#OccupyDameStreet General Assembly 6pm 14th of November 2011
Facilitators: Dave & Moira
1. Safer Space Policy
2. DCTU March
Brief Introductions were given to Occupy Dame Street and working groups. Consensus Decision Making process was explained and Hand Signals were introduced, as was Step Forward/Step Back policy. In addition attendees were reminded to be respectful, to speak through the process and not over each other, and asked to “Play the ball, and not the Player” when raising points.
1) Safer Space Policy
The following proposed Safer Space Policy was raised by Camp Residents and read out into the minutes, with discussion, approval and adoption to happen at the next evening General Assembly (6pm Tuesday 15th):
Occupy Dame Street Safer Space Policy
Occupy Dame Street asks you to be responsible in making this space a comfortable and positive one. We believe that everyone within this space should feel empowered to challenge aggressive and oppressive behaviour. Your actions have an effect on the collective environment and others around you. We ask that everyone reads and adheres to the following:
All decisions concerning Occupy Dame Street are made collectively at the General Assemblies – a forum for the equal participation of all.
There are various forms of inequality embedded within our society. As a community which seeks to build power and gain momentum through consensus-based decision-making and respectful social relations, we stand in opposition to the way in which our society privileges some people over others.
As part of a movement seeking progressive social change, we recognise the necessity to address and challenge the various forms of oppression that are a part of society’s current structures – rather than re-produce them.
Any form of discrimination based on actual or perceived race, class, gender identity, sexual orientation, age, education, nationality, religion, ethnicity, physical size, shape or abilities will be challenged and people will be actively supported in challenging such behaviour. Occupy Dame Street is a space for peaceful and respectful dialogue.
Within the global Occupy movement, each individual is encouraged to represent themselves. However, anyone associated with any group that would explicitly seek to deny the voice and rights of other social groups will not be welcomed here, as their presence automatically makes the space exclusionary and unsafe for others – this applies particularly to racists, fascist and neo-nazi groups.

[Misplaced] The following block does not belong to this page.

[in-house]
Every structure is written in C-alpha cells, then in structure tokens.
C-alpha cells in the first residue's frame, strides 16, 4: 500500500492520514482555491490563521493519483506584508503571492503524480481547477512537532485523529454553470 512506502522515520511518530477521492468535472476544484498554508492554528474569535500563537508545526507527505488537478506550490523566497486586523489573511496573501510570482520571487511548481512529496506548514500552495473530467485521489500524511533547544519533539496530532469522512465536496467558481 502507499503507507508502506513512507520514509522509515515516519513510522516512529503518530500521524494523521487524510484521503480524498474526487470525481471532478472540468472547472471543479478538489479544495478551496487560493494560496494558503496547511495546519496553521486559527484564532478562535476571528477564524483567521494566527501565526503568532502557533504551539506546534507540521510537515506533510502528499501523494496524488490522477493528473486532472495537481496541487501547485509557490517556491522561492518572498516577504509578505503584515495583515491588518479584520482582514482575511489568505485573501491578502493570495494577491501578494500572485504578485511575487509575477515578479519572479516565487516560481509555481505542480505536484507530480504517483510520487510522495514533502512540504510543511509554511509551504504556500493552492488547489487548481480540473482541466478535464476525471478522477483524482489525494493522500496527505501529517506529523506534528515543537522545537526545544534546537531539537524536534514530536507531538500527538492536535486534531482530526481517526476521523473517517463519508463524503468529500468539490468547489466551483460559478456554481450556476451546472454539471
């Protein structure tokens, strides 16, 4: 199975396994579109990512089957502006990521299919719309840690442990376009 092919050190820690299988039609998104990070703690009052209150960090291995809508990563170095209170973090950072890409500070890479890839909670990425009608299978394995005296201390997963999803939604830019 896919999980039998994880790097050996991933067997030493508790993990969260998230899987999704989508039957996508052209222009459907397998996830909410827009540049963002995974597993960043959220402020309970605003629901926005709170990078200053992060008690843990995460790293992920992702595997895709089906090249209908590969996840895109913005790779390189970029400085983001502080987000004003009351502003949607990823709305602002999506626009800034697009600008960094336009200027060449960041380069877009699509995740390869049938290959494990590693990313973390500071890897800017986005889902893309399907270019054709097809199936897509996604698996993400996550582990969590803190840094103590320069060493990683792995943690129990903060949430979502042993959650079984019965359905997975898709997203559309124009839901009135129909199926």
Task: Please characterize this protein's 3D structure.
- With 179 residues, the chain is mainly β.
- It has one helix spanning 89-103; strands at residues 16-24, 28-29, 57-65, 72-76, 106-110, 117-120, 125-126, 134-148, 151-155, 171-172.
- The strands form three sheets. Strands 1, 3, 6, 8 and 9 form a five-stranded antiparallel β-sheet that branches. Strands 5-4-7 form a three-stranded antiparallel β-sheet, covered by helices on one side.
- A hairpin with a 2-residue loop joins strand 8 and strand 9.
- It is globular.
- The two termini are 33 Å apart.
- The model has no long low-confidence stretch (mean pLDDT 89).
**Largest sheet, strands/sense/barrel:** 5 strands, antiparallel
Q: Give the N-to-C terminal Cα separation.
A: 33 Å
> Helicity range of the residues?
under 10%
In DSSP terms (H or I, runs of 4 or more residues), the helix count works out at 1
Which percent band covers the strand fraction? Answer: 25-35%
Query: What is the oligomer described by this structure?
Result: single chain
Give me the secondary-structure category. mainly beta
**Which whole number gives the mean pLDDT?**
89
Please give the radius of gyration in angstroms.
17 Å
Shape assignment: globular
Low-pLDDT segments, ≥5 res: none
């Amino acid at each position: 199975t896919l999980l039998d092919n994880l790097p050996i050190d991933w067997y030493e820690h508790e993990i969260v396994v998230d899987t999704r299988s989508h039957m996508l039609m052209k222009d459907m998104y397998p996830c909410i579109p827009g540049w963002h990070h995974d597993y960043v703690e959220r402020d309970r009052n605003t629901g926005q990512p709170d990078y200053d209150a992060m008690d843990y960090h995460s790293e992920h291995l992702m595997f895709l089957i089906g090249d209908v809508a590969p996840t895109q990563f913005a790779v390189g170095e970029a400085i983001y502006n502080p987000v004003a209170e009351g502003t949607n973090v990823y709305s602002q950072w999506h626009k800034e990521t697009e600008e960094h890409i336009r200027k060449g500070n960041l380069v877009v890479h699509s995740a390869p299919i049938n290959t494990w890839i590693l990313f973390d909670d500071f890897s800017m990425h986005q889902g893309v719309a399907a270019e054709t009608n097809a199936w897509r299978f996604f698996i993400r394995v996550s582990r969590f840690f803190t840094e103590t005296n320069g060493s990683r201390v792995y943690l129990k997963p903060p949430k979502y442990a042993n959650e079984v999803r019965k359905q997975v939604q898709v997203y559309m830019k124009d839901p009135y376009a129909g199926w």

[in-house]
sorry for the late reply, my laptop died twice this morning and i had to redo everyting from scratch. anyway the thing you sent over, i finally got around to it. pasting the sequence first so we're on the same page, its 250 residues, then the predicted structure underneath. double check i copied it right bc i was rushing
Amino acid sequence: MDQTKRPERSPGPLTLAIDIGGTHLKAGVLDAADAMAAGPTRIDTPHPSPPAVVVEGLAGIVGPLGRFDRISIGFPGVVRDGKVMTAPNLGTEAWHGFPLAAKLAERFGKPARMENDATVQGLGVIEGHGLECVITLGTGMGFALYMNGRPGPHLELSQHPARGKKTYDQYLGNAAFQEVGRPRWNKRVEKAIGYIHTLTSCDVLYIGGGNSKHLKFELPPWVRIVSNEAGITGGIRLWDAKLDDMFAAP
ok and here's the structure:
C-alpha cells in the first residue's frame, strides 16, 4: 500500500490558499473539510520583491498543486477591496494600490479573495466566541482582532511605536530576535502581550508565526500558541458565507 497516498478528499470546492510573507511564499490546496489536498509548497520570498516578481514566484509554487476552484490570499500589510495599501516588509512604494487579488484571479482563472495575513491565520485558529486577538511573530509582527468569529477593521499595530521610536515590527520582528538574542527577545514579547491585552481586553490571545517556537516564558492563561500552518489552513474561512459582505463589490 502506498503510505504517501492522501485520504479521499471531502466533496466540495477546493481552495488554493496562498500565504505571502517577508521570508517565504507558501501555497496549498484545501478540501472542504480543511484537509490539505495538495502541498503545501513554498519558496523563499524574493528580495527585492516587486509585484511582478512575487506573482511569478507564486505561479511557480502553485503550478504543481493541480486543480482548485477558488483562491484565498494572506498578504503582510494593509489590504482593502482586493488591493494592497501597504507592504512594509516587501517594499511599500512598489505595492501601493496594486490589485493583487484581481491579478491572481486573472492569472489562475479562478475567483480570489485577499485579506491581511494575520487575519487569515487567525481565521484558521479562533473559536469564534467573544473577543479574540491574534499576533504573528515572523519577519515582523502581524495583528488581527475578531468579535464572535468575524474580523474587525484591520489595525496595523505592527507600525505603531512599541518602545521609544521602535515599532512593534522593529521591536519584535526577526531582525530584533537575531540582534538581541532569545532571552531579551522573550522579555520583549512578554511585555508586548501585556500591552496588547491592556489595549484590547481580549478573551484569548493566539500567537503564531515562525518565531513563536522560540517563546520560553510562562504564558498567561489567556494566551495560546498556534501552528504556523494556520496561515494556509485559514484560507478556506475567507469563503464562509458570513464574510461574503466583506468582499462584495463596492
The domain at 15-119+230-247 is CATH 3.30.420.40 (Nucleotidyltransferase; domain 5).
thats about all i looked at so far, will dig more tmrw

Occupy Dame Street endorses a policy of non-violent direct action. While recognising the right to self-defence, the camp will attempt wherever possible to use non-violent techniques to diffuse violent situations.
Respect people’s physical and emotional boundaries. Be aware that you can’t know what people’s boundaries are without asking them. What’s comfortable for you may not be comfortable for others.
In the case of any physical or sexual harrassment or assault, we recognise the offended person’s full right to immediately inform whichever authorities and services they see fit or to have someone do so on their behalf.
No alcohol or drugs are to be consumed in this space – out of respect for the camp and the wider public. Working in any role on the camp while under the influence of alcohol or drugs will not be tolerated. Be aware that although you may be comfortable working under the influence of any such substances, others may not be comfortable with this.
Stress, fatigue and burnout are all potential risks in the day-to-day running of this camp. It is important to be aware of our own personal limits and respect and look out for those of others.
As a movement striving to organise non-hierarchically, it is crucial that we rotate working roles within the camp, share tasks, responsibilities and opportunities and ensure that everyone has the chance to participate fully – creatively, physically and intellectually.
We have a responsibility to store and use equipment safely and securely. This goes for the built structures on-site also. Everyone should feel entitled to raise concerns or seek assistance in relation to this.
We must recognise the limits to what this space can do or provide. Social issues such as homelessness or addiction should be seen in all their complexity, and we should acknowledge that we do not have the capacity to provide the full care and support that many in our society are deprived of.
Camping out in winter is not for everyone, nor does everyone have the time and resources to do so. Nonetheless this space is here as a platform for political discussion and organisation for everyone – everyone should feel they have a right to participate to whatever degree is possible for them in Occupy Dame Street.
2) DCTU March
At the start of this discussion the Facilitators proposed that as “Direct Response’ hand signals had been abused in the last two discussions on this subject, and that as essentially all responses during this discussion were some form of direct response to points already raised, that the “Direct Response” hand signal would not be used for this portion of the General Assembly. All persons wishing to speak would raise their hand in the normal fashion, their names would be noted by the facilitators, and they would be called upon in strict chronological order. This was approved by consensus.
The Facilitators also proposed that as there were already four separate proposals that had emerged from previous General Assemblies to be discussed that if consensus was not reached on one then the GA would move on to discuss the next proposal, rather then seeking amendments to the original proposal. This was approved by consensus.
The four proposals were read out to the General Assembly, and circulated amongst the crowd in hard copy form.
ODS participates in the march and:
- in the planning process, makes sure that the march has some of the ODS characteristics (e.g. human mic, carnival atmosphere, family march etc.)
- that there is a separate ODS “contingent” in the march (reason for that being that participation in the march does not mean that ODS becomes a part of anything)
- there is input from ODS about the demands of the march